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The myth of C#'s *is* operator (== null or is null)

mirobehninger profile image Miro 💻 ・2 min read

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This relates to the current roslyn compiler at 30.11.2020

After two years as C# Developer I almost never see C#'s is operator in code reviews or tutorials.

Most developer sticks to the always known comparison operators (==, !=).

But there definitely also myths like the is operator does not act like a good old == or is less efficient.

That's why i tested it with a decompiler and here are my results!

Compile == and is

var a = "test string";

if (a == null) throw new InvalidOperationException();

if (a is null) throw new InvalidOperationException();
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Results in:

string text = "test string";
if (text == null)
{
    throw new InvalidOperationException();
}
if (text == null)
{
    throw new InvalidOperationException();
}
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both is compiled to the same result with the current version of the Roslyn Compiler.

Compile != and C#'s 9 is not

var a = "test string";

if (a != null) throw new InvalidOperationException();

if (a is not null) throw new InvalidOperationException();
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Results in:

string text = "test string";
if (text != null)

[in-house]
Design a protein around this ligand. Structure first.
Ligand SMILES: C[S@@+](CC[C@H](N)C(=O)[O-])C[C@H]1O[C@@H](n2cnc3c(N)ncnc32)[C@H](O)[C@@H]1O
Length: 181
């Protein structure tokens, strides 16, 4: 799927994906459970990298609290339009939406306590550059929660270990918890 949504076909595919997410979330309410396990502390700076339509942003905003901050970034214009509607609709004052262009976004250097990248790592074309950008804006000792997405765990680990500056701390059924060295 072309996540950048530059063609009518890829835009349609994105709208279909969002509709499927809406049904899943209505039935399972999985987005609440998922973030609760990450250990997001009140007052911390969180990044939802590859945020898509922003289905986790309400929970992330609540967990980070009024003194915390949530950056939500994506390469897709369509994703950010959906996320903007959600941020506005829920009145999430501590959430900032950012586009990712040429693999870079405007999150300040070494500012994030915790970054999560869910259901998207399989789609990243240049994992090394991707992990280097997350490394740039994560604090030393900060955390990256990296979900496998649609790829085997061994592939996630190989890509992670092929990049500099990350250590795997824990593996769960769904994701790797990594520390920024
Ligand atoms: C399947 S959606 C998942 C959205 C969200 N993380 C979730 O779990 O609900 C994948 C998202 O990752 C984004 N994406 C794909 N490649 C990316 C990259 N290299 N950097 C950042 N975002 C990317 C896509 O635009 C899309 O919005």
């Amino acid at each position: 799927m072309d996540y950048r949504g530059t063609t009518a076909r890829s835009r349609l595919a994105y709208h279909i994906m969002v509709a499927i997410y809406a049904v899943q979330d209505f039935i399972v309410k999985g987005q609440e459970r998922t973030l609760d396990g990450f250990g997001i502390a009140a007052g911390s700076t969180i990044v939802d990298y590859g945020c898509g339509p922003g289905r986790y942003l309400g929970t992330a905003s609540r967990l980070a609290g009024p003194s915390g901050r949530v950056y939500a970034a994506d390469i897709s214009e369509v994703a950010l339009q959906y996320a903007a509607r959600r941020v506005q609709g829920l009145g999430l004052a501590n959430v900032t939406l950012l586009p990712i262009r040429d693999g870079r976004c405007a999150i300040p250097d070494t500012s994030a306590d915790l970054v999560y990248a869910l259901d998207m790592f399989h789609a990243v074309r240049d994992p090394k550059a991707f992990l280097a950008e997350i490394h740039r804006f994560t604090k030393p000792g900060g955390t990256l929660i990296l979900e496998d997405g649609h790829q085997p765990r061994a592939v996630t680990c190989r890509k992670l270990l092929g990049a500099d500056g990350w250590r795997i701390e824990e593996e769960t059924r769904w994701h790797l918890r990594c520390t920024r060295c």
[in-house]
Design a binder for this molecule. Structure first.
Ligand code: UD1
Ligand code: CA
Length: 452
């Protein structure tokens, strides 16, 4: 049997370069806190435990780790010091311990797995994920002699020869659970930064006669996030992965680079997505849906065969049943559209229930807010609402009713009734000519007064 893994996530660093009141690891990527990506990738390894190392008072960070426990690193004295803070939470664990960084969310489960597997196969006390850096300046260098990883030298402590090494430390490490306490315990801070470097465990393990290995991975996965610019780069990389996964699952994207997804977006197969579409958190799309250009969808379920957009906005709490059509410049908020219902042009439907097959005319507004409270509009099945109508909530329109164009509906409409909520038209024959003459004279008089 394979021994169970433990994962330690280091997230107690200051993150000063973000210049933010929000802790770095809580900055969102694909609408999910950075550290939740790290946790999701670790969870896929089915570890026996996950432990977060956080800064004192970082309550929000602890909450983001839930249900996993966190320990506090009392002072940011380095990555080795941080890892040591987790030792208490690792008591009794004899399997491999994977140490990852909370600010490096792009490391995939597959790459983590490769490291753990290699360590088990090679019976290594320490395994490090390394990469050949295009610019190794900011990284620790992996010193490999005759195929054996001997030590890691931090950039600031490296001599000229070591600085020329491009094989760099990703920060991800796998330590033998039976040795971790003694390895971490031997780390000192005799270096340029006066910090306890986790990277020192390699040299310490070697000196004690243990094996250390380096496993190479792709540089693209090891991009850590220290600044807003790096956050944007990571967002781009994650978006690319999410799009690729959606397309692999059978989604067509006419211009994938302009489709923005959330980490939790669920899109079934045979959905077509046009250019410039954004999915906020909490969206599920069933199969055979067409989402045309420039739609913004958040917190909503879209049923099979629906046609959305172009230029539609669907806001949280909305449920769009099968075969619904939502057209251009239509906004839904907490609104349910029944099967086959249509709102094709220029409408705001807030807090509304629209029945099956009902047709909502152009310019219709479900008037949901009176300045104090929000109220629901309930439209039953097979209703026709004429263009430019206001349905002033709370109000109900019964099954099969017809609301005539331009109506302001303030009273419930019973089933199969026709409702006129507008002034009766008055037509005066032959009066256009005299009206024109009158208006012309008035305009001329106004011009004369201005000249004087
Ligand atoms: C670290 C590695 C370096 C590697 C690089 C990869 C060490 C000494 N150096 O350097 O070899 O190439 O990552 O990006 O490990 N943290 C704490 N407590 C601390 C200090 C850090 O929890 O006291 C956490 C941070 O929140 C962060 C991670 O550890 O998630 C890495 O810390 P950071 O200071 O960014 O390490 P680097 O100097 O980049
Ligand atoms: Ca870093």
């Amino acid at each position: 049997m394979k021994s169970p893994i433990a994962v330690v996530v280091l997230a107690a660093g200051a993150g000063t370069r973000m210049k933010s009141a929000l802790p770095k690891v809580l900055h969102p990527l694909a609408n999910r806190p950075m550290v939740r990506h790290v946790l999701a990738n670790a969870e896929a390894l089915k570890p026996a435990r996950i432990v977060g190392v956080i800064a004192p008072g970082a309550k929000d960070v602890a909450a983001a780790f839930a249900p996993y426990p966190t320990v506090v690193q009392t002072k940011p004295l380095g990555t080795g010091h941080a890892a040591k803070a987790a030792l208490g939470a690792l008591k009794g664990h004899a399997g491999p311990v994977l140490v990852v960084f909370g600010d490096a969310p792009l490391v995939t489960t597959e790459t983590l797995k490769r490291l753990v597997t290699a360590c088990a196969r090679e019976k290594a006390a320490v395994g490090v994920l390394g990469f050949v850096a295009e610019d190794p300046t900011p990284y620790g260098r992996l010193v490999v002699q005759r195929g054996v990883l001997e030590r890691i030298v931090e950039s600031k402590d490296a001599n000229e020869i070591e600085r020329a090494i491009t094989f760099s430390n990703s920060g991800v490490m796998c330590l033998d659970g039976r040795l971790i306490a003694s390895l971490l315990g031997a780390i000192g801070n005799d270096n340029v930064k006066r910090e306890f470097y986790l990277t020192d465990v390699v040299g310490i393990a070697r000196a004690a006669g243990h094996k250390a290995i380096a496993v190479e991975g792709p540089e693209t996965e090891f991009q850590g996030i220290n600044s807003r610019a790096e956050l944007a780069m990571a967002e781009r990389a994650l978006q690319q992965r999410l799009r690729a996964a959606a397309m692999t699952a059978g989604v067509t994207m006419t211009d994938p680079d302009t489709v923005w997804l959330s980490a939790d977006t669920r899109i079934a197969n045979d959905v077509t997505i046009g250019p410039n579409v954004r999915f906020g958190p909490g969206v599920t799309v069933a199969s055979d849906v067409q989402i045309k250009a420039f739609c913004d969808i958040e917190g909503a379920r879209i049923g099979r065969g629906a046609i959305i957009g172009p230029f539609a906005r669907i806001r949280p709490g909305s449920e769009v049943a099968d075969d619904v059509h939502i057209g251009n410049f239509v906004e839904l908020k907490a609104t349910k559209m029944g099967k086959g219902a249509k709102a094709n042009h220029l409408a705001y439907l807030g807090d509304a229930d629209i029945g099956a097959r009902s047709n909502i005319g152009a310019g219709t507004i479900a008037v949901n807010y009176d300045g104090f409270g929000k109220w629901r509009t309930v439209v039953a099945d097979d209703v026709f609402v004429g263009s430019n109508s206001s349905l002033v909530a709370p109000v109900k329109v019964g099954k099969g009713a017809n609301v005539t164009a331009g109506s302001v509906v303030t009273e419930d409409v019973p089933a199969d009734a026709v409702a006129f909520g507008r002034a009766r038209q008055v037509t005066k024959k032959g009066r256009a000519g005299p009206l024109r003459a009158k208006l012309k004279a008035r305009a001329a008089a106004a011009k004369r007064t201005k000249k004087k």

{
    throw new InvalidOperationException();
}
if (text != null)
{
    throw new InvalidOperationException();
}
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both is compiled to the same result with the current version of the Roslyn Compiler.

Compile != and !(a is null) (< C#9)

var a = "test string";

if (a != null) throw new InvalidOperationException();

if (!(a is null)) throw new InvalidOperationException();
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Results in:

string text = "test string";
if (text != null)
{
    throw new InvalidOperationException();
}
if (text != null)
{
    throw new InvalidOperationException();
}
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both is compiled to the same result with the current version of the Roslyn Compiler.

Result:

Both results in the same when your code compiles so its up to you with operator you prefer.

Question:

What is the way you prefer?

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